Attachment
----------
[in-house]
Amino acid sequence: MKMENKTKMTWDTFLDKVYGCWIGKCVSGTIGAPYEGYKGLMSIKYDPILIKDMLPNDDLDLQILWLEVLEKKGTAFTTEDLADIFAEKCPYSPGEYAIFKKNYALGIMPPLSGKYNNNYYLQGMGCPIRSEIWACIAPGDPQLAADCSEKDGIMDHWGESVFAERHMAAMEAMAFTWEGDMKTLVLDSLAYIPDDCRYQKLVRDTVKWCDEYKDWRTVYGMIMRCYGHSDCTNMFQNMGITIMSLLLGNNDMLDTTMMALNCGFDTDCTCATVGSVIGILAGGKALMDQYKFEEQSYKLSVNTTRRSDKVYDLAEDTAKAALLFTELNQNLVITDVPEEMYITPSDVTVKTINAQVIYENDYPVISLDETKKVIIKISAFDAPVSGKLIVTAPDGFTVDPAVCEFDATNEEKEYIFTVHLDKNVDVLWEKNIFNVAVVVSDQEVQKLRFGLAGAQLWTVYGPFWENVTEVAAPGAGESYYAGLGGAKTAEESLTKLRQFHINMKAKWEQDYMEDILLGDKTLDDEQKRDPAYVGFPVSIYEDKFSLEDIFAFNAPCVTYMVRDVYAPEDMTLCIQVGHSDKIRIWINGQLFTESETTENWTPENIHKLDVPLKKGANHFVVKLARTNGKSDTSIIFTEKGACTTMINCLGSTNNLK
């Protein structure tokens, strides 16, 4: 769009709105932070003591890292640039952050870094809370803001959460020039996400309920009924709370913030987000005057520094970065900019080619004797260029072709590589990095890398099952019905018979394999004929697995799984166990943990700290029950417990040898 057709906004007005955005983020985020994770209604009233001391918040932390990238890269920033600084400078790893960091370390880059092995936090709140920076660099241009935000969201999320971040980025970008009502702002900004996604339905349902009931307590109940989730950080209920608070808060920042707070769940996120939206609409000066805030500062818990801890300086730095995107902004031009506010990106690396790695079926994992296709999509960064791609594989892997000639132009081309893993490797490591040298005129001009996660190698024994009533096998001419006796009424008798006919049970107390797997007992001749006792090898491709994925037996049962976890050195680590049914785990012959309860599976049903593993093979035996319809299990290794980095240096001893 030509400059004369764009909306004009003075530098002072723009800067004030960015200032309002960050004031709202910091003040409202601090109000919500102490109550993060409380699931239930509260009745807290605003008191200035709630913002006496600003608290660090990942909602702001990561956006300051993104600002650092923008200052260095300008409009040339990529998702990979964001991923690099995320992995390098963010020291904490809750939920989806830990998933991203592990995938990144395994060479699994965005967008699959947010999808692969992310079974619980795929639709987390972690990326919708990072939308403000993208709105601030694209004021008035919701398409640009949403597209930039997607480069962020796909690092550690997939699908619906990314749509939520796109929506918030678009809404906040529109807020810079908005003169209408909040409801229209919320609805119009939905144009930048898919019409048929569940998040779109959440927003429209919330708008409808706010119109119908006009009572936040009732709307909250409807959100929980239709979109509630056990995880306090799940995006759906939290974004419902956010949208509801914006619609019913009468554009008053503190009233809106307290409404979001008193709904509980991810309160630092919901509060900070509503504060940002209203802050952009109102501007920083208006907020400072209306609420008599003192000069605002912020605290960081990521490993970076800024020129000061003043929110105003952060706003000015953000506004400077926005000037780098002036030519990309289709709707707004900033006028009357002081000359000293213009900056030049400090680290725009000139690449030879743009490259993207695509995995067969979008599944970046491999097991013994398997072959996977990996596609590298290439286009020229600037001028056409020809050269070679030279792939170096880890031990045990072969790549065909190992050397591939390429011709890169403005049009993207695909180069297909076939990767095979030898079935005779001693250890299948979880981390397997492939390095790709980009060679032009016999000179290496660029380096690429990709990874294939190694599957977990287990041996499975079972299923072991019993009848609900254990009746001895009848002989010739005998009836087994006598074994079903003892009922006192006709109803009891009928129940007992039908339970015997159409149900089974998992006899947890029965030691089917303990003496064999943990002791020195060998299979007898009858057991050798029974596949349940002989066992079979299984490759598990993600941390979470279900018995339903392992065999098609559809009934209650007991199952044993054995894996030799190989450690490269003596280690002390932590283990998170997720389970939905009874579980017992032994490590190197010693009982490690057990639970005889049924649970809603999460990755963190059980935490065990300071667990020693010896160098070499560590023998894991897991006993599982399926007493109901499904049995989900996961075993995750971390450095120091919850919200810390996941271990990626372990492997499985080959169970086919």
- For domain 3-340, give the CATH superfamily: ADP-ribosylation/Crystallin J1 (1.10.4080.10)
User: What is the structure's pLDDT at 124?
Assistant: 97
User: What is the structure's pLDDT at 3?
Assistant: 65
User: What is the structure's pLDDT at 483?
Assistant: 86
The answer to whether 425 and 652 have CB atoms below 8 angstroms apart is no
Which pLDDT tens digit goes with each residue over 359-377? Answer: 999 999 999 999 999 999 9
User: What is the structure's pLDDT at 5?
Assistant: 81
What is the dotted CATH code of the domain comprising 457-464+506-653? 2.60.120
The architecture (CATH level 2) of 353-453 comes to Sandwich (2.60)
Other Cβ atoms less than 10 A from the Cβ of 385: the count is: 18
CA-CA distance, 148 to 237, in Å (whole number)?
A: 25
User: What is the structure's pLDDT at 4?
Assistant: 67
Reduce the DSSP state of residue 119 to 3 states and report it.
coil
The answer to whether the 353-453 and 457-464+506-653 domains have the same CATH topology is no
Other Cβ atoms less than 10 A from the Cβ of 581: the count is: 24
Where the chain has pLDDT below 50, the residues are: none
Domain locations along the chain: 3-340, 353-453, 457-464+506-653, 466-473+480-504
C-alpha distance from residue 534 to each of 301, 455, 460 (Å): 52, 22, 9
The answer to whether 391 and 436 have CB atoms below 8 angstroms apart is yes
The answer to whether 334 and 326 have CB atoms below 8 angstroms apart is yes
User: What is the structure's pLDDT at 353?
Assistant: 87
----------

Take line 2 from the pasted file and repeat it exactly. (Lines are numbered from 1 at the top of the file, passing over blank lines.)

Amino acid sequence: MKMENKTKMTWDTFLDKVYGCWIGKCVSGTIGAPYEGYKGLMSIKYDPILIKDMLPNDDLDLQILWLEVLEKKGTAFTTEDLADIFAEKCPYSPGEYAIFKKNYALGIMPPLSGKYNNNYYLQGMGCPIRSEIWACIAPGDPQLAADCSEKDGIMDHWGESVFAERHMAAMEAMAFTWEGDMKTLVLDSLAYIPDDCRYQKLVRDTVKWCDEYKDWRTVYGMIMRCYGHSDCTNMFQNMGITIMSLLLGNNDMLDTTMMALNCGFDTDCTCATVGSVIGILAGGKALMDQYKFEEQSYKLSVNTTRRSDKVYDLAEDTAKAALLFTELNQNLVITDVPEEMYITPSDVTVKTINAQVIYENDYPVISLDETKKVIIKISAFDAPVSGKLIVTAPDGFTVDPAVCEFDATNEEKEYIFTVHLDKNVDVLWEKNIFNVAVVVSDQEVQKLRFGLAGAQLWTVYGPFWENVTEVAAPGAGESYYAGLGGAKTAEESLTKLRQFHINMKAKWEQDYMEDILLGDKTLDDEQKRDPAYVGFPVSIYEDKFSLEDIFAFNAPCVTYMVRDVYAPEDMTLCIQVGHSDKIRIWINGQLFTESETTENWTPENIHKLDVPLKKGANHFVVKLARTNGKSDTSIIFTEKGACTTMINCLGSTNNLK